Dutch want answers to beating of diplomat in Moscow
AMSTERDAM/MOSCOW (Reuters) - The Netherlands was seeking answers on Wednesday after a Dutch diplomat was beaten in Moscow, the latest in a series of incidents testing relations between the two countries.
Prime Minister Mark Rutte's government summoned Russia's ambassador in The Hague to explain Tuesday's assault, in which the second-in-charge of the Dutch embassy in Moscow was attacked at his home by unknown intruders posing as electricians.
Last week, Dutch Foreign Minister Frans Timmermans had to apologize after a Russian diplomat was detained in the Hague. Russia had complained that he was assaulted during the detention.
Both attacks coincide with tension over Russia's jailing of Greenpeace activists, including two Dutch citizens.
Attackers broke into the apartment of the Dutch diplomat late on Tuesday, forced him to the ground, hit him and drew a heart containing the letters LGBT (lesbian, gay, bisexual, and transgender) on a mirror in pink lipstick, Dutch media reported.
The diplomat, named by Dutch media as Onno Elderenbosch, was slightly hurt, Timmermans said in a posting on Facebook.
Dutch officials were not releasing the name of the diplomat or details of the attack due to privacy regulations. He is listed on the Embassy's web site, however.
Rutte told journalists the incident was "very serious," and said he wanted to know all the facts of the incident before making further comments. Russia's foreign ministry expressed regret over the attack and said it would track down the culprits.
The United States condemned the incident.
"We condemn the attack on the minister-counselor of the Netherlands in Moscow. Such actions are unacceptable.," U.S. Ambassador to Moscow Michael McFaul said on Twitter.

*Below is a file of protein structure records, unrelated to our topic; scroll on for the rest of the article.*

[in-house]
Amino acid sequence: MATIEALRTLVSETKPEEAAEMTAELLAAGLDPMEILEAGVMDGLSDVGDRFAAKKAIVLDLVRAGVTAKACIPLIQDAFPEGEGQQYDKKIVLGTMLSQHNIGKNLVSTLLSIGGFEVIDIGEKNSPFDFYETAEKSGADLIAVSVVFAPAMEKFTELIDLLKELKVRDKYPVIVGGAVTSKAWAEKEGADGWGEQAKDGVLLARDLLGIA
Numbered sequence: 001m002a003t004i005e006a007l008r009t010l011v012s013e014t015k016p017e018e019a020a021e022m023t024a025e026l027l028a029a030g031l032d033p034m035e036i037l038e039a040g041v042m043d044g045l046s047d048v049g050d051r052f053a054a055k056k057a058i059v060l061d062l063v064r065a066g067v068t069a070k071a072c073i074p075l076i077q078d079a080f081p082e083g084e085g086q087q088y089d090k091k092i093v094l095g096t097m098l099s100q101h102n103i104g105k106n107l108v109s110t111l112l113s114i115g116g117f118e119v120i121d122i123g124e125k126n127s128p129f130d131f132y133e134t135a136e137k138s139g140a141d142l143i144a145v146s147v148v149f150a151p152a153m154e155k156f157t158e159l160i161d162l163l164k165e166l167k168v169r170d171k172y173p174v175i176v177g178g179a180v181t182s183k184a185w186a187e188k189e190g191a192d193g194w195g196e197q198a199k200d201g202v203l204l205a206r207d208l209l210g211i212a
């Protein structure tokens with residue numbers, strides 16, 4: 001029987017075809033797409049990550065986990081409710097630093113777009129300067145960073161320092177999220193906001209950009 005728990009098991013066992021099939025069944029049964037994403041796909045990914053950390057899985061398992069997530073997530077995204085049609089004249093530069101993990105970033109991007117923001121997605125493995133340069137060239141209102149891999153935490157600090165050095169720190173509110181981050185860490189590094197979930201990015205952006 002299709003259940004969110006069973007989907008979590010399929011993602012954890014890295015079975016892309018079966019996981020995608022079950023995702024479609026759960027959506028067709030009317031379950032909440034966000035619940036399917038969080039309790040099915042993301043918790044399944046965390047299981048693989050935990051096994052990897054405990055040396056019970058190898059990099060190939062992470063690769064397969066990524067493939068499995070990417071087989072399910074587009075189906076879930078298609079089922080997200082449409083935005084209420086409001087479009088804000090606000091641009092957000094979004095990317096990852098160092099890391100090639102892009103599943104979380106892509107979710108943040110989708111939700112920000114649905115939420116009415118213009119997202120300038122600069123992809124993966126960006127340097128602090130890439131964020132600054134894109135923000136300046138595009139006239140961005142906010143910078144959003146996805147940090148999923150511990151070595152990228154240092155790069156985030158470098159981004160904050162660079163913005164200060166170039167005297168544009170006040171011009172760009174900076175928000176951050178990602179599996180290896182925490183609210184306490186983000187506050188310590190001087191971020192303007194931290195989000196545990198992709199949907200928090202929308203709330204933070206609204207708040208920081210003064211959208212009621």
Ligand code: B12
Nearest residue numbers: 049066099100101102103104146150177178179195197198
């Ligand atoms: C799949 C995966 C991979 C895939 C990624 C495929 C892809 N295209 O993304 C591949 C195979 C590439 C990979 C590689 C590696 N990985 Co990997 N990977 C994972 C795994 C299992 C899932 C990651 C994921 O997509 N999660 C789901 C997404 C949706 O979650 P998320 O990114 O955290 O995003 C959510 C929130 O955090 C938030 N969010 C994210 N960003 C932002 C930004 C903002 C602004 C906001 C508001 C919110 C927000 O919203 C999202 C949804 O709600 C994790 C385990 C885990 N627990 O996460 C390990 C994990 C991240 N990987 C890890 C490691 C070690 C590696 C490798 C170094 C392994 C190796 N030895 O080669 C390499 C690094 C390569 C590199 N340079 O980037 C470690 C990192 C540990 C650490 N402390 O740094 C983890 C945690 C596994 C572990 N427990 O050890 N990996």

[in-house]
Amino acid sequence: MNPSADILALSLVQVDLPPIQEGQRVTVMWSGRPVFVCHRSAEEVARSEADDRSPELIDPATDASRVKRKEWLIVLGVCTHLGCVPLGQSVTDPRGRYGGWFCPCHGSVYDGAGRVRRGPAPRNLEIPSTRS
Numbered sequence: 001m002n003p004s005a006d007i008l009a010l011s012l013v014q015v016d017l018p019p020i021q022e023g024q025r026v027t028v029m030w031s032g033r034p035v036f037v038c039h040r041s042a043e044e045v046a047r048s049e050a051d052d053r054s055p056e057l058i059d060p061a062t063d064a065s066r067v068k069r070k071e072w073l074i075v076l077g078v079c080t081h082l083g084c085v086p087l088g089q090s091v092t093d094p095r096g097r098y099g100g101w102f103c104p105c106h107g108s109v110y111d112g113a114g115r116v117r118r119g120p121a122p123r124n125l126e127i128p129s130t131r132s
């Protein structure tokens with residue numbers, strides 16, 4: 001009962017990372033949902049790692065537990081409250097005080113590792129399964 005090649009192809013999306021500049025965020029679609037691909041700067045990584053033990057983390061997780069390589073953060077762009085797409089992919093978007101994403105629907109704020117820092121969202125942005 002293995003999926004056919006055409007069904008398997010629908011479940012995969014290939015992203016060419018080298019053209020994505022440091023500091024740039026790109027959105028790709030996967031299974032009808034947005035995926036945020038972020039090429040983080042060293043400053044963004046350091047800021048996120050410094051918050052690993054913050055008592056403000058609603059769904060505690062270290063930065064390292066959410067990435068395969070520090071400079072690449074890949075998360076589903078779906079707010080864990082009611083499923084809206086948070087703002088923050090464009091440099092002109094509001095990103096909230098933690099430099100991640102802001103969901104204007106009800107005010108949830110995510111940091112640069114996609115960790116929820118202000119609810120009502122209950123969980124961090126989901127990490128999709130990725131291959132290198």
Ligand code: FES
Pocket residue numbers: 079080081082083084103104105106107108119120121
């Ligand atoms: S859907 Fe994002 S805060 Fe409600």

Timmermans, a Russian speaker who was posted in Moscow in 1990s, said he would phone his Russian counterpart Sergey Lavrov later Wednesday.
The Netherlands and Russia are celebrating four centuries of diplomatic ties this year with a series of high-level political visits, cultural exchanges and trade missions.
Dutch politicians urged King Willem-Alexander and Queen Maxima to cancel a visit to Russia planned for next month. Lawmaker Sjoerd Sjoerdsma labeled 2013 a "disaster year" for Russian-Dutch relations.
A week ago, Timmermans apologized to Moscow for the detention of a Russian diplomat in The Hague, saying the envoy's right to diplomatic immunity had been violated.
Moscow said attackers had entered the diplomat's home, beat him with a police baton and illegally detained him for several hours over the previous weekend.
Earlier this month, the Netherlands launched legal proceedings against Russia, saying it had unlawfully detained activists on board a Dutch-registered Greenpeace ship who were protesting against oil drilling in the Arctic.
The Netherlands, the first country to legalize same-sex marriages, has also been at odds with Moscow over gay rights.
When Russian President Vladimir Putin visited Amsterdam in April, he was met by gay rights activists waving pink and orange balloons to protest against Russia's treatment of homosexuals.
At the same time the countries have been ramping up bilateral trade in energy, construction and retail goods. Dutch executives, including the head of global healthcare and consumer appliances group Philips, joined Rutte on a mission to Russia to drum up more business.
The Netherlands and Russia have more than 23 billion euros ($31 billion) in annual bilateral trade, with the Netherlands serving as a key hub for Russian oil and gas exports.
Thirty percent of crude oil and 45 percent of oil products entering Rotterdam, Europe's largest port, originate from Russia, making it by far the most important supplier.
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